Some critics find Elizabeth to be passive in nature, presenting the role of women as secondary to men. She is found to be most passive specifically in her relationship with Victor. While there is a preconceived notion that Elizabeth and Victor are to marry, Victor continually pushes off the marriage in several instances throughout the novel before actually committing to her. While away at school, Victor's father insists, saying, "You, perhaps, regard her as a sister, without any wish that she might become your wife," (Shelley, 116). Victor's replies to reassure his father, saying, "My future hopes and prospects are entirely bound up in the expectation of our union," (Shelley, 117). Though Victor continues saying he loves Elizabeth in this way, he essentially puts her off for the asserted completion of the female counterpart to the monster. Later in the novel, he also unintentionally must put off the marriage when he becomes ill and is imprisoned, falsely accused of Clerval's murder. During these long periods of time, Elizabeth patiently awaits her soon-to-be husband, and never pushes for the marriage, though she loves him dearly. In a letter to him she says, "But it is your happiness I declare as well as my own, when I declare to you, that our marriage would render me eternally miserable, unless it were the dictate of your own free choice," (Shelley, 147).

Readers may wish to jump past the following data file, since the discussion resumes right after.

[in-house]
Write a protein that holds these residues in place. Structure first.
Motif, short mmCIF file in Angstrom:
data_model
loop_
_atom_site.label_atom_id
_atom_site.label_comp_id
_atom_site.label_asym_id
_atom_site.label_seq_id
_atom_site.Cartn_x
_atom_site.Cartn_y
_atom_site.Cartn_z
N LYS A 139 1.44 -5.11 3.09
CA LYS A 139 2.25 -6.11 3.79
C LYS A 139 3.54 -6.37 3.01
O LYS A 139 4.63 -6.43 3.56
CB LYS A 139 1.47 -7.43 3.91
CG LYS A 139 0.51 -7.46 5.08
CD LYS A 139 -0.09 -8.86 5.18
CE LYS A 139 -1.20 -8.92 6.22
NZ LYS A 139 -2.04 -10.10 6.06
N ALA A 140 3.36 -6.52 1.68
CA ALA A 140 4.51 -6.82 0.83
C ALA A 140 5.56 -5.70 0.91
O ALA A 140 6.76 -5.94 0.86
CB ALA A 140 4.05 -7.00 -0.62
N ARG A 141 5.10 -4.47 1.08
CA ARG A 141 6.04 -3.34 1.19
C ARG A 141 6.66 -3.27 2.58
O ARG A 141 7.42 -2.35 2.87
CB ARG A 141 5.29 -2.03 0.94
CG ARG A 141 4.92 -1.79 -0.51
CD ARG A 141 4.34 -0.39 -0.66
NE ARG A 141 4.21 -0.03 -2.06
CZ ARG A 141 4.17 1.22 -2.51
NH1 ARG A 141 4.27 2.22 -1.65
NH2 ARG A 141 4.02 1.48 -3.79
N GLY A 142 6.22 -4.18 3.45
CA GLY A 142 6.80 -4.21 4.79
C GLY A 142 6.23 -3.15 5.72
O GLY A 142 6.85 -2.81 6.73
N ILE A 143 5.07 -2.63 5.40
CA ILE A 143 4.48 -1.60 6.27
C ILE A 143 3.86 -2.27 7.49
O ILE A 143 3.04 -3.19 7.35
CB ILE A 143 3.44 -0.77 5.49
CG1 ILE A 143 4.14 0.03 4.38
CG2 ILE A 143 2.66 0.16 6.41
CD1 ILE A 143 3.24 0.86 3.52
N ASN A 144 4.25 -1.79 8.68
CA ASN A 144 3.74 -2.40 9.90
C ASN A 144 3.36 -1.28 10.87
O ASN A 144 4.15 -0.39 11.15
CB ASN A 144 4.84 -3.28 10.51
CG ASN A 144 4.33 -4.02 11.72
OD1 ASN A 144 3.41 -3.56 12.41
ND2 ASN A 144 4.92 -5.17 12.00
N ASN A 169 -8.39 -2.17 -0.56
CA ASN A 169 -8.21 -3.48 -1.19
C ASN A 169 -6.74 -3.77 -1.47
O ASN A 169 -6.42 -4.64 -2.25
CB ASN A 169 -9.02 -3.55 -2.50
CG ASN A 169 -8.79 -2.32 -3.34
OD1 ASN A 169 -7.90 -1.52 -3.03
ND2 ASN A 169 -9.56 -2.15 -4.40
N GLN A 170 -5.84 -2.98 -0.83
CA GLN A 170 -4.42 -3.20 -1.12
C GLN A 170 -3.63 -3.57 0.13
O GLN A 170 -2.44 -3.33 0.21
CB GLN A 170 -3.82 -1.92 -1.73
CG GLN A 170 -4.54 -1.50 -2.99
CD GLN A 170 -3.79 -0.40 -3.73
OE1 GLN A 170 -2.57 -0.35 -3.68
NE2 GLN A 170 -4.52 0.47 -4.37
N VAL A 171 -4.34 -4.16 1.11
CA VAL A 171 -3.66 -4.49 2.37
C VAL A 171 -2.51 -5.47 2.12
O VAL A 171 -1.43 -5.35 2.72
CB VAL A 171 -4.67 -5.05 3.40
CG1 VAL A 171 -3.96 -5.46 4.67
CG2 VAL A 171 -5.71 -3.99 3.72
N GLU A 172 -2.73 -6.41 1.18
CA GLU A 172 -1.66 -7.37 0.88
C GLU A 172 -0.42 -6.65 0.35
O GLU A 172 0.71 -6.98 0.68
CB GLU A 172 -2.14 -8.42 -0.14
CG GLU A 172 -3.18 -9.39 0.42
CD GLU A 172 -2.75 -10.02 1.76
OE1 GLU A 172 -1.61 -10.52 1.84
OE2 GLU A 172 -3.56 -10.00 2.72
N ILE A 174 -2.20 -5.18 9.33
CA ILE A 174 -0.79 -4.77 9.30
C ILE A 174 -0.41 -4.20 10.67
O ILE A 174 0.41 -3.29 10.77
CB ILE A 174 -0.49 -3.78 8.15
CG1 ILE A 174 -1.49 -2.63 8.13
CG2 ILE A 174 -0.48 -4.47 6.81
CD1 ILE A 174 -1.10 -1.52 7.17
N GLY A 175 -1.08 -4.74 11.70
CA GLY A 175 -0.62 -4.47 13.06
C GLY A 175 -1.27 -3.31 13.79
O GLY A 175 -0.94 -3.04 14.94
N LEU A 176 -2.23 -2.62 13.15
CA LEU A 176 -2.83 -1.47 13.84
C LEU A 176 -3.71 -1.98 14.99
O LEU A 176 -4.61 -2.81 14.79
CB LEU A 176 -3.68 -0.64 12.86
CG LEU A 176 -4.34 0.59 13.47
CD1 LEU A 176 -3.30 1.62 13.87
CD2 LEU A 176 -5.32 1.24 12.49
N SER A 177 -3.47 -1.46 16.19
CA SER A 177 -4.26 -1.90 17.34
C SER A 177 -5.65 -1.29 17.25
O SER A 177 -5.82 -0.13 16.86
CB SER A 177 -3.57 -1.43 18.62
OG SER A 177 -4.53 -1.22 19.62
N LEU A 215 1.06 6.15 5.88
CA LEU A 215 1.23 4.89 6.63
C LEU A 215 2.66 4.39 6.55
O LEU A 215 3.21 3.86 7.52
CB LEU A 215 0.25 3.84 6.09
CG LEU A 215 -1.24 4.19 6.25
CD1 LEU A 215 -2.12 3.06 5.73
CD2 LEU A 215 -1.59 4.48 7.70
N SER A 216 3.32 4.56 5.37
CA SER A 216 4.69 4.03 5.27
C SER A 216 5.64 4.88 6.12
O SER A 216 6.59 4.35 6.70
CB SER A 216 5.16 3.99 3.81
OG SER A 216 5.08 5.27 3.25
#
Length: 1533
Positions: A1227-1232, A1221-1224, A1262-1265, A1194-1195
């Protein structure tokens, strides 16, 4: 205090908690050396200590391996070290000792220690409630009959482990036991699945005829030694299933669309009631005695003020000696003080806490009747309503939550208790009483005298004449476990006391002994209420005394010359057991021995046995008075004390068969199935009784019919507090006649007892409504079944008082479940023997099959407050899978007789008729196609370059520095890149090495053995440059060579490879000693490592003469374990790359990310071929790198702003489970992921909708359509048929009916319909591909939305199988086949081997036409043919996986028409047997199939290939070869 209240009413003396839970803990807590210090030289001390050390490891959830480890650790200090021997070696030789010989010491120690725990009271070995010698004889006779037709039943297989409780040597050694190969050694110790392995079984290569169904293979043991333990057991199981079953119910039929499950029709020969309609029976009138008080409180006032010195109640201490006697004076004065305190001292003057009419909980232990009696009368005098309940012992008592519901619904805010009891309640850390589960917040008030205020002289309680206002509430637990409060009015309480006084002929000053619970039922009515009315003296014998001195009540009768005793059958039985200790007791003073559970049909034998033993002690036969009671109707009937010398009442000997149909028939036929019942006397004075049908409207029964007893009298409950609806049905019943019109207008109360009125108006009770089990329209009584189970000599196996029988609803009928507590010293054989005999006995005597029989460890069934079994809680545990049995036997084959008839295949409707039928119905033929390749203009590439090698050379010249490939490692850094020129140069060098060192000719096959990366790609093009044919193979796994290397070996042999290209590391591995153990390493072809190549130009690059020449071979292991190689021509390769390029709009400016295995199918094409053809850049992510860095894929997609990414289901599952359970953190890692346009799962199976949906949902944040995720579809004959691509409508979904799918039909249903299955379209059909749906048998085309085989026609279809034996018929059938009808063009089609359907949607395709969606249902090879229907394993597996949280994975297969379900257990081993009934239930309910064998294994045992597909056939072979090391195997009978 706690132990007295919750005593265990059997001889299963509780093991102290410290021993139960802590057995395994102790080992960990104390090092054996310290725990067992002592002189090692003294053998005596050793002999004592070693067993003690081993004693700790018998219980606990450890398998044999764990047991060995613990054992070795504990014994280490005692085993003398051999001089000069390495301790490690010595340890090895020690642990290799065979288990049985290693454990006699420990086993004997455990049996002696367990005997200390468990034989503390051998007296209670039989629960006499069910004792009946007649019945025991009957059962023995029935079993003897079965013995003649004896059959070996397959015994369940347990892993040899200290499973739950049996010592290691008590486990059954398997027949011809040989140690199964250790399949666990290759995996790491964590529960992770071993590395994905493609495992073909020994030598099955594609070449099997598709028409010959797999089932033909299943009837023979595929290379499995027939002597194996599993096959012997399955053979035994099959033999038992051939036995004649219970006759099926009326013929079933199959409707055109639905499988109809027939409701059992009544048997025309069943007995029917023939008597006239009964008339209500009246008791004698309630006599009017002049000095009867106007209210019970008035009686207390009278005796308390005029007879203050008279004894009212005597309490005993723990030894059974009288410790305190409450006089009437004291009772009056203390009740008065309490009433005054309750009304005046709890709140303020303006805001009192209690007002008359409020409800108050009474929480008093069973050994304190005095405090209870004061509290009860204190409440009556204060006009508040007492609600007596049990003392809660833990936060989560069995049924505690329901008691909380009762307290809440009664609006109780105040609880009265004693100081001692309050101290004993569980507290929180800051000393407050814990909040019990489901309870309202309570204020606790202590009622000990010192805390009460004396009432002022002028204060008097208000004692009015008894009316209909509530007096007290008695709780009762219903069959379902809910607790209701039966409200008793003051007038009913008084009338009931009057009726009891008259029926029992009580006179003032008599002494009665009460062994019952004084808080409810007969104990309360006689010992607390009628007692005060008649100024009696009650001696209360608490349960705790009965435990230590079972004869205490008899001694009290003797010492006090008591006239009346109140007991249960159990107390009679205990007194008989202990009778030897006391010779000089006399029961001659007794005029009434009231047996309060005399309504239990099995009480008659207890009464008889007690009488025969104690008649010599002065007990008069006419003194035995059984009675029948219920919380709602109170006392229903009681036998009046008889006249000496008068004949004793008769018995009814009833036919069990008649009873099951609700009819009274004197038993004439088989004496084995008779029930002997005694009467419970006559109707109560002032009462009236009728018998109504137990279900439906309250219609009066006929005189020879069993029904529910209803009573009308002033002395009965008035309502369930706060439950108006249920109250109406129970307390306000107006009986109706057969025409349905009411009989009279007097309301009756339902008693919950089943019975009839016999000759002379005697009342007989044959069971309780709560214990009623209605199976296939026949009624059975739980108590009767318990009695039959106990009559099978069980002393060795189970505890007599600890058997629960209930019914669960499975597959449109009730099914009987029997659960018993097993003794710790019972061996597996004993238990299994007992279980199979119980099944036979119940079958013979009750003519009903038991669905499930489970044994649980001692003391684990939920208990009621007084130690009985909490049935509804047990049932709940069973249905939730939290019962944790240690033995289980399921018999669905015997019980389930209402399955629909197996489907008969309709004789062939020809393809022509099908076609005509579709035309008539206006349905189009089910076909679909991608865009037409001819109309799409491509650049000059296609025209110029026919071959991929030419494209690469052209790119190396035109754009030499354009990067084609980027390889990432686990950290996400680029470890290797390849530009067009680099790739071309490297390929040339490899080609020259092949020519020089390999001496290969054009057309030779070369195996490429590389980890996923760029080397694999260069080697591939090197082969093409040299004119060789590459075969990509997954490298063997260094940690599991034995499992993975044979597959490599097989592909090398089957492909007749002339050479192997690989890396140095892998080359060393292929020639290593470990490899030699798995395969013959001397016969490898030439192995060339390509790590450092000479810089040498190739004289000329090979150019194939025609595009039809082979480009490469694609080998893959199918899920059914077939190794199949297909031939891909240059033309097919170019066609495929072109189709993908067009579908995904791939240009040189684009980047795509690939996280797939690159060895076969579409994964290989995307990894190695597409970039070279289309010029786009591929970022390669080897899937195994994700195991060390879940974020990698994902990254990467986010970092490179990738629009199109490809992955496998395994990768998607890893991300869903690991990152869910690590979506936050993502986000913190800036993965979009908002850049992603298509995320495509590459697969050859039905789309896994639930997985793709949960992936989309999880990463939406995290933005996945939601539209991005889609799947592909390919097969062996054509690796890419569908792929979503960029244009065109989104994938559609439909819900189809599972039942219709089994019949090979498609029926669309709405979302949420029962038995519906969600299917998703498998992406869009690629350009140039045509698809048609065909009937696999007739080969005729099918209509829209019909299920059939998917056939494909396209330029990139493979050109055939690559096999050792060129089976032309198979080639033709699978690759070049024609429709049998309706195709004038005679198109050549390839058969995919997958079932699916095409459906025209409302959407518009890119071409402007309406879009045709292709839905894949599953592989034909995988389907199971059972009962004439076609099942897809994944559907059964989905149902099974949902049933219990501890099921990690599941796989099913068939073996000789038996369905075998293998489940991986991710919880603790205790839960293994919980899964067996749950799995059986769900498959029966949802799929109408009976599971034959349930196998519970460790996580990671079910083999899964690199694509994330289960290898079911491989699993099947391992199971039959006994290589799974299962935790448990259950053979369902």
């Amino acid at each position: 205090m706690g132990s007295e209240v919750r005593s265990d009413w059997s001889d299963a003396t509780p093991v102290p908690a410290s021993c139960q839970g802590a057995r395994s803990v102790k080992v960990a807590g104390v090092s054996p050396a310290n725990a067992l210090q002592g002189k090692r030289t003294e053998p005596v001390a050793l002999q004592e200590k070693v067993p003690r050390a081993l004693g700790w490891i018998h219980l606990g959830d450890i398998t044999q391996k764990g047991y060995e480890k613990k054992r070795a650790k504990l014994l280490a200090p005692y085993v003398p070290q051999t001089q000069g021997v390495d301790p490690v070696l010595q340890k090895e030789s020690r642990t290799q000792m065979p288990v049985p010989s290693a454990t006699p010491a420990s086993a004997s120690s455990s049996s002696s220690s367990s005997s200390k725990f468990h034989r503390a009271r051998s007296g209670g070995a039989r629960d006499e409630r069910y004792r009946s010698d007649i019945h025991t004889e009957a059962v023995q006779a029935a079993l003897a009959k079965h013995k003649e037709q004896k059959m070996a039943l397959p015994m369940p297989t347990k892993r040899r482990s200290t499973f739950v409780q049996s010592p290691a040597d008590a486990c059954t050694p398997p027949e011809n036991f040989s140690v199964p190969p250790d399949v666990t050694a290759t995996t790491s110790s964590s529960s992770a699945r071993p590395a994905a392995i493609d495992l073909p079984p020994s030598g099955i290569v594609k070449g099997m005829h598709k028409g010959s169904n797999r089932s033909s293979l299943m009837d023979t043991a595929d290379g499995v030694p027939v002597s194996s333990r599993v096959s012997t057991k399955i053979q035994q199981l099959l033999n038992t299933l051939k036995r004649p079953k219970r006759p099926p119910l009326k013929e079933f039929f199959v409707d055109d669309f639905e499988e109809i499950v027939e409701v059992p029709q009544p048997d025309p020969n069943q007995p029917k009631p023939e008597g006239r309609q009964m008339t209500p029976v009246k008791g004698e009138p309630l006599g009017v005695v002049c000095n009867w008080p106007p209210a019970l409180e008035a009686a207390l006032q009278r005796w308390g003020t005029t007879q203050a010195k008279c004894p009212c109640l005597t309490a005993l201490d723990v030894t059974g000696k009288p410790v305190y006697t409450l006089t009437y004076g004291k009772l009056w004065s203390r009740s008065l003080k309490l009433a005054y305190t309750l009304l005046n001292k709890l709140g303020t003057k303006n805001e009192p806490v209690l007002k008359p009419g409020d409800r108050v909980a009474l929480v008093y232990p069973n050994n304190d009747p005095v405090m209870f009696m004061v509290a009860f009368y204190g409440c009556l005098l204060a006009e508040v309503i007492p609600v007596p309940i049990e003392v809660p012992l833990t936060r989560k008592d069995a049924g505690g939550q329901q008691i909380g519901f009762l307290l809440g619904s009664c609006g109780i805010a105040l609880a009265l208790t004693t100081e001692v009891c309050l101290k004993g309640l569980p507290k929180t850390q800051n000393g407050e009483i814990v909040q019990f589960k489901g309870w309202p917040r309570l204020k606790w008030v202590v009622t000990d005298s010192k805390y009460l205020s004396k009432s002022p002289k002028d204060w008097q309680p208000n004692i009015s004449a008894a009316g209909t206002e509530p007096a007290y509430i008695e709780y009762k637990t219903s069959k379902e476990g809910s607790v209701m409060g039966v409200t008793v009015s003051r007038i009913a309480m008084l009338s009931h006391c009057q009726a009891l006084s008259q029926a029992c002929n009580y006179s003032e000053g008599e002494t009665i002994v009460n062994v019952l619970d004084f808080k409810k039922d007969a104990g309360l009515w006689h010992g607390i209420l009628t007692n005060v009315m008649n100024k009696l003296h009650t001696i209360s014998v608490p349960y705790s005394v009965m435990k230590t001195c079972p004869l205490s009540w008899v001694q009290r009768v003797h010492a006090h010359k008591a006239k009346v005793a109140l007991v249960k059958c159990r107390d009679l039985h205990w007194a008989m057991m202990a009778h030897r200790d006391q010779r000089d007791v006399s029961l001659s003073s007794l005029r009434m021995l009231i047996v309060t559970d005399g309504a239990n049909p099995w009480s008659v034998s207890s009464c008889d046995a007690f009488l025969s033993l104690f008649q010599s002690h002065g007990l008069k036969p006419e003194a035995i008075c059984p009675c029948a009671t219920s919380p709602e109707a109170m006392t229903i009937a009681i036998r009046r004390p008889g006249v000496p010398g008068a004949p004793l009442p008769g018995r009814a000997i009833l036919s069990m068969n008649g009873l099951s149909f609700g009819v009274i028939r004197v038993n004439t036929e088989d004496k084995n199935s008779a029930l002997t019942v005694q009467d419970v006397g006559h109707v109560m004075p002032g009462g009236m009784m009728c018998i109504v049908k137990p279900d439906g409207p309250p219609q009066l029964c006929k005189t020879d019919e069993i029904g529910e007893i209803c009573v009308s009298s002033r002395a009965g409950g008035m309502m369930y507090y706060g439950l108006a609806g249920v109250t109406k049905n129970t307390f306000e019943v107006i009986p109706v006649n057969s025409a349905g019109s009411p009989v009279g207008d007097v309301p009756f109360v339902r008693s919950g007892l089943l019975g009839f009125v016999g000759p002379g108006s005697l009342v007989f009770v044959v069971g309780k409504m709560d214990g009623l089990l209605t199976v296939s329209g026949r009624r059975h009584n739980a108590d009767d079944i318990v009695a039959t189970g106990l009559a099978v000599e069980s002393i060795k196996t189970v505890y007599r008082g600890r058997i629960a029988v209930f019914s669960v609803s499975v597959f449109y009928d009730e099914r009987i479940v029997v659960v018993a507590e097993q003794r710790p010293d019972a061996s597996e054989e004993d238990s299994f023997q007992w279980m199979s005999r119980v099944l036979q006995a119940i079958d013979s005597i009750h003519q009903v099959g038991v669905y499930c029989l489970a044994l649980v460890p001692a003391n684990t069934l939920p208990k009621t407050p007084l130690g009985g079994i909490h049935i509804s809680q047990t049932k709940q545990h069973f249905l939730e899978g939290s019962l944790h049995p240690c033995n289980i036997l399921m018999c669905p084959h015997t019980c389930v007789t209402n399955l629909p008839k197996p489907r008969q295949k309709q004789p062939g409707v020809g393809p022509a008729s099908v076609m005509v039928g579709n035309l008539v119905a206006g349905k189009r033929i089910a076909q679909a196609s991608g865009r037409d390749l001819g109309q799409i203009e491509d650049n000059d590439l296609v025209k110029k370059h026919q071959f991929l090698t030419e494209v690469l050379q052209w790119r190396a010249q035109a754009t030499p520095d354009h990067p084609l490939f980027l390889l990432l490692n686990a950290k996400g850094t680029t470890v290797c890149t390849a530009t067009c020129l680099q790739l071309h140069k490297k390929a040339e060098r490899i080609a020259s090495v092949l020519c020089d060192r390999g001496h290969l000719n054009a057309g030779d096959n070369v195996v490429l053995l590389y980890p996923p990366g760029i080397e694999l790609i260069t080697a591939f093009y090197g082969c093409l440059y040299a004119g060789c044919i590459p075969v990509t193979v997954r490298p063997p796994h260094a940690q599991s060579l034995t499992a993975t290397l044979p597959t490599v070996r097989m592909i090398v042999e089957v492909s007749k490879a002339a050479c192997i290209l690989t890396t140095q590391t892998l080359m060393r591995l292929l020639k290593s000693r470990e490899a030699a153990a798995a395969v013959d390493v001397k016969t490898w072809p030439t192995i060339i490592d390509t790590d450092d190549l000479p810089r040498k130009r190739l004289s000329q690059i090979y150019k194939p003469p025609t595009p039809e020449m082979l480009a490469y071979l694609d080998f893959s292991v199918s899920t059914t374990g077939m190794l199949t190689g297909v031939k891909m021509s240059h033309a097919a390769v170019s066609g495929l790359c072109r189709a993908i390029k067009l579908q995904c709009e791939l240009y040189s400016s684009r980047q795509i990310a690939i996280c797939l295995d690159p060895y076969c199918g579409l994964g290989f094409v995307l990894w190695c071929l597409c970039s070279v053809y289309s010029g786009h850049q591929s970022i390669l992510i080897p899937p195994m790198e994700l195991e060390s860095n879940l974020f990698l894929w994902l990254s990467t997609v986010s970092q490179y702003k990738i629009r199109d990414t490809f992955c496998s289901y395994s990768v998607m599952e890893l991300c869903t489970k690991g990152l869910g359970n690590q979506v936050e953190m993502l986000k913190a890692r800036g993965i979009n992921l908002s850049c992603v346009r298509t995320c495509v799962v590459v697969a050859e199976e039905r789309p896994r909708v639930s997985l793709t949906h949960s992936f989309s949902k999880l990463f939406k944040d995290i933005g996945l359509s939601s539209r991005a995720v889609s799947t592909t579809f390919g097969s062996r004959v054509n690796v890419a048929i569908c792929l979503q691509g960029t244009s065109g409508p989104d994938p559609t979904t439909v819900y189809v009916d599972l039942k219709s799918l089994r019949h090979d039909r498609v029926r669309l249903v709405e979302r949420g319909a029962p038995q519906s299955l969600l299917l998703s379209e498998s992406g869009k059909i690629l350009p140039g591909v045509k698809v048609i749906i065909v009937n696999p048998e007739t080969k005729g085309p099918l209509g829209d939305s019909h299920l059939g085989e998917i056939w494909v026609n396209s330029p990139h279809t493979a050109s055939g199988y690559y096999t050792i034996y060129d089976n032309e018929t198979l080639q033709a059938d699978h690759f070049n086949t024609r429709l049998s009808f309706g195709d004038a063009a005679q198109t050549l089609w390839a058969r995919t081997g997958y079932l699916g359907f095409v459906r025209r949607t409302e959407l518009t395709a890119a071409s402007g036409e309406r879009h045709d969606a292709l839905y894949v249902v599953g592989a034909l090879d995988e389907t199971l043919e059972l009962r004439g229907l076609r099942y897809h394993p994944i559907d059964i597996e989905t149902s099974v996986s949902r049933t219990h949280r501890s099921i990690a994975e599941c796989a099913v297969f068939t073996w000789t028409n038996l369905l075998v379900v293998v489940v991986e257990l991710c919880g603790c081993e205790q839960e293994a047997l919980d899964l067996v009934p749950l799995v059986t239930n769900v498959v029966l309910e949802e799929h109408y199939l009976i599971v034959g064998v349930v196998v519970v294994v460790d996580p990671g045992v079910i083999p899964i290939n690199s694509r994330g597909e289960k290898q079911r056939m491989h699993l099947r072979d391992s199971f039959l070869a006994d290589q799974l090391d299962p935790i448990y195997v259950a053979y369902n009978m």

Elizabeth, while she might be viewed as a passive female figure, actively sacrifices much of her life for the Frankenstein family throughout the novel. The clearest example of this is her taking on the mother role of the household at the young age of 13. She balances the household during the grieving process of Caroline's death even though she herself is grieving her mother (Knudsen, 54). Even when Victor leaves for school, he describes Elizabeth as doing everything for the family, though she is also upset at his leaving. "She consoled me, amused her uncle, instructed her brothers...she was continually endeavoring to contribute to the happiness of others, entirely forgetful of herself" (Shelley, 27).